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You’ve probably heard it before: Watch what you post online. It’s good advice, as those pictures from your wild and crazy graduation party probably won’t make you look like the mature professional that employers, colleges and scholarship boards expect you to be. Follow these rules to ensure Facebook is your ally–not your enemy–as you apply for scholarships, internships and, later, jobs.

Do be aware.

If you think nobody checks you out online, think again. A study conducted by Microsoft in 2010 found that not only did 70 percent of surveyed companies say they had rejected potential employees based on content they found online, but 89 percent of companies say it’s perfectly appropriate to do so. In fact, only 2 percent hadn’t used Internet searches to help them make a decision.

And it’s not just employers. A survey conducted in 2009 by the National Association for College Admission Counseling found that one-fourth of surveyed colleges had used social networking or web search to look up prospective students. A 2010 survey by Kaplan Test Prep found that 82 percent of college recruiters are using Facebook to reach students, so there’s no question your stuff is being looked at by people who matter.

Whether the college you’re applying to will check you out online is up to them; some probably aren’t going to care very much about what you post. But if you’re applying to a college with stricter standards, be cautious. Jonathan Wilson, admissions director at Central Baptist College, said his department checks Facebook accounts for foul language, inappropriate pictures or drug and alcohol use. “Whatever you put online is how you want people to know you,” he said.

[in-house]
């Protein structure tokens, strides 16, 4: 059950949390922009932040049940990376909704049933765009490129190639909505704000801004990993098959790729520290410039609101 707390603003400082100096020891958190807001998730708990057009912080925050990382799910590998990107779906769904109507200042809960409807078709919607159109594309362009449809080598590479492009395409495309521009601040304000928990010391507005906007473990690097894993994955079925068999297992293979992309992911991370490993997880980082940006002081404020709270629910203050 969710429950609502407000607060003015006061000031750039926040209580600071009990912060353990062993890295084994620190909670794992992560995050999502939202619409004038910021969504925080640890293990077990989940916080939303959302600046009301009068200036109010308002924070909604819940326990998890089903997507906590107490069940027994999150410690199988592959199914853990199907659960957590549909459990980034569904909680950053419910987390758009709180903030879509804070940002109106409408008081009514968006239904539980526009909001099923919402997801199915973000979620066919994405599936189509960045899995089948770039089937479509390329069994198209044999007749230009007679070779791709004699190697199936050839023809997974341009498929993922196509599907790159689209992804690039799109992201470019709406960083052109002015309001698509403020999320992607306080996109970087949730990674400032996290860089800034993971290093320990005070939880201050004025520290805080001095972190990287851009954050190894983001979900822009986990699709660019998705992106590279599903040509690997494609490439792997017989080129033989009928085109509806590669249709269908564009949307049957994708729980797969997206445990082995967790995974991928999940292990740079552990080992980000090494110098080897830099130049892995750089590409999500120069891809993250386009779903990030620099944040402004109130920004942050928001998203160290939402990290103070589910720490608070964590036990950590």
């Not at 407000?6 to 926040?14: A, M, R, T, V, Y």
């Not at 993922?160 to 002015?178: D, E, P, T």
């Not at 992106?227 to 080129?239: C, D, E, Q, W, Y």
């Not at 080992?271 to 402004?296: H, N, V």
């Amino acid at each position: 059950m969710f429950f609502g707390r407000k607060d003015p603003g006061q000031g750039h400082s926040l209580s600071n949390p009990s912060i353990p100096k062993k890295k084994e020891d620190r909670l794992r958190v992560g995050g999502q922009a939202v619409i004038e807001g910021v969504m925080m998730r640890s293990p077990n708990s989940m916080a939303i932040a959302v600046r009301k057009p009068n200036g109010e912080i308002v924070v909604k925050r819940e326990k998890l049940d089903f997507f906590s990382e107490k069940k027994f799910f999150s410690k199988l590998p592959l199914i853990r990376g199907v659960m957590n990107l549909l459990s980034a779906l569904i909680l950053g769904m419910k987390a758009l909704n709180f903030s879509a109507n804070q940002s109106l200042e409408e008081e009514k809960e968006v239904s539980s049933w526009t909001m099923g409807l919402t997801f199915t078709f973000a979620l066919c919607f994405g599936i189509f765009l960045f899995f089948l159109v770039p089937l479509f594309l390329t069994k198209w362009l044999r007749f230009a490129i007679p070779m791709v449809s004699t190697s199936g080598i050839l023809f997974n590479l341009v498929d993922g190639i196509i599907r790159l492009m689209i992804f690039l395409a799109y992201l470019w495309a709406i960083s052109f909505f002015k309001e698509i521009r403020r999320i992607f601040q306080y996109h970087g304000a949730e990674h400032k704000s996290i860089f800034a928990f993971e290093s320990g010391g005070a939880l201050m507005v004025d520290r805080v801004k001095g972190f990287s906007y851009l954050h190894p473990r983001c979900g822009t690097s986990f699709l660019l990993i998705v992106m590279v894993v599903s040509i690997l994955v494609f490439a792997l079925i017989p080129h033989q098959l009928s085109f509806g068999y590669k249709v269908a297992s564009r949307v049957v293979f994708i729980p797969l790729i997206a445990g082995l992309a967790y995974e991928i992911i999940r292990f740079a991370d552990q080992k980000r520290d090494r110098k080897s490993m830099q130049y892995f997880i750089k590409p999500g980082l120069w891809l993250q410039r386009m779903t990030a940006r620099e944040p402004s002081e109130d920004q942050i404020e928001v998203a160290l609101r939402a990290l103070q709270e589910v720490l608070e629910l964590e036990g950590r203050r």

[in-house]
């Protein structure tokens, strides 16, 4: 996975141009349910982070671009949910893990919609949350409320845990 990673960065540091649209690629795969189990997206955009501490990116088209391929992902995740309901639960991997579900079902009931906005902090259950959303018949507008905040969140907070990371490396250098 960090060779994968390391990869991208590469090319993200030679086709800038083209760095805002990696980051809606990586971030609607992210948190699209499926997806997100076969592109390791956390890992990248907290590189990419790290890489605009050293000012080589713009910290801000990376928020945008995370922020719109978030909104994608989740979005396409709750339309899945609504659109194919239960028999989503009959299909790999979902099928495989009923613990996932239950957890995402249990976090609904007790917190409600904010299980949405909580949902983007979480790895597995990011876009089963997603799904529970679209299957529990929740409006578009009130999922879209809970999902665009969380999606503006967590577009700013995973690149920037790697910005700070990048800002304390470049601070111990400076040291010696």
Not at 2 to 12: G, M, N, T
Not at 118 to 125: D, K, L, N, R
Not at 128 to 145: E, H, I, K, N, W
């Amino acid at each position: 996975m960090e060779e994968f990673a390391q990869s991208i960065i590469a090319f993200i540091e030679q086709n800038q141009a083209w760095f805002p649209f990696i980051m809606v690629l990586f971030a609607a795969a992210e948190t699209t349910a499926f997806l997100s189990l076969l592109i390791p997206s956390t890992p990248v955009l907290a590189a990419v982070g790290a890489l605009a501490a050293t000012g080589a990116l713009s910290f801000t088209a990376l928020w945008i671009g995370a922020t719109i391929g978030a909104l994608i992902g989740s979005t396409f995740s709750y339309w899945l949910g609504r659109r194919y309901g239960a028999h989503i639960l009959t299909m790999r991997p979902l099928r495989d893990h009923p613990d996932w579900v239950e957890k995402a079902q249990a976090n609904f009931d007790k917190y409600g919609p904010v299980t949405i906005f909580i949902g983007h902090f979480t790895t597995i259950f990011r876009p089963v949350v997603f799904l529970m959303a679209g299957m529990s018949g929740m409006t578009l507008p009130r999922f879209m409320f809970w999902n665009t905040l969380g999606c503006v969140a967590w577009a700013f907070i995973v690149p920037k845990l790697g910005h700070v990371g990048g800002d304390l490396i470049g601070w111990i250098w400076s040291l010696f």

Don’t over “share.”

So what should you do? First, be aware of your privacy settings, which can make the difference between a profile the world can see and a friend-only affair. Popular social networking sites such as Facebook and Twitter all offer options to restrict who can access your content. In the case of Facebook, privacy is especially configurable, letting you control exactly who sees your stuff, depending on who they are and what kind of content it is.

But even with a locked-down profile, you’re still not completely safe. If your friends can see your content, nothing is stopping them from sharing it with people who were never intended to see it. A better policy is to not share questionable stuff to begin with. Remember: What goes online stays online, so exercise good judgment before you hit “post.”

Do add new friends.

Social networking isn’t in and of itself bad. In fact, it can give you an advantage when making the transition to college, applying for jobs and scholarships and making important professional connections.

John Carroll, an admissions recruiter at Arkansas State University, uses Facebook to stay in contact with prospective students and said their capability to network with people at the university can go a long way in helping them adjust to a new environment. Moving to a new place can be tough, especially when you don’t know anybody. A few Facebook connections can make the transition from high school to college a lot easier.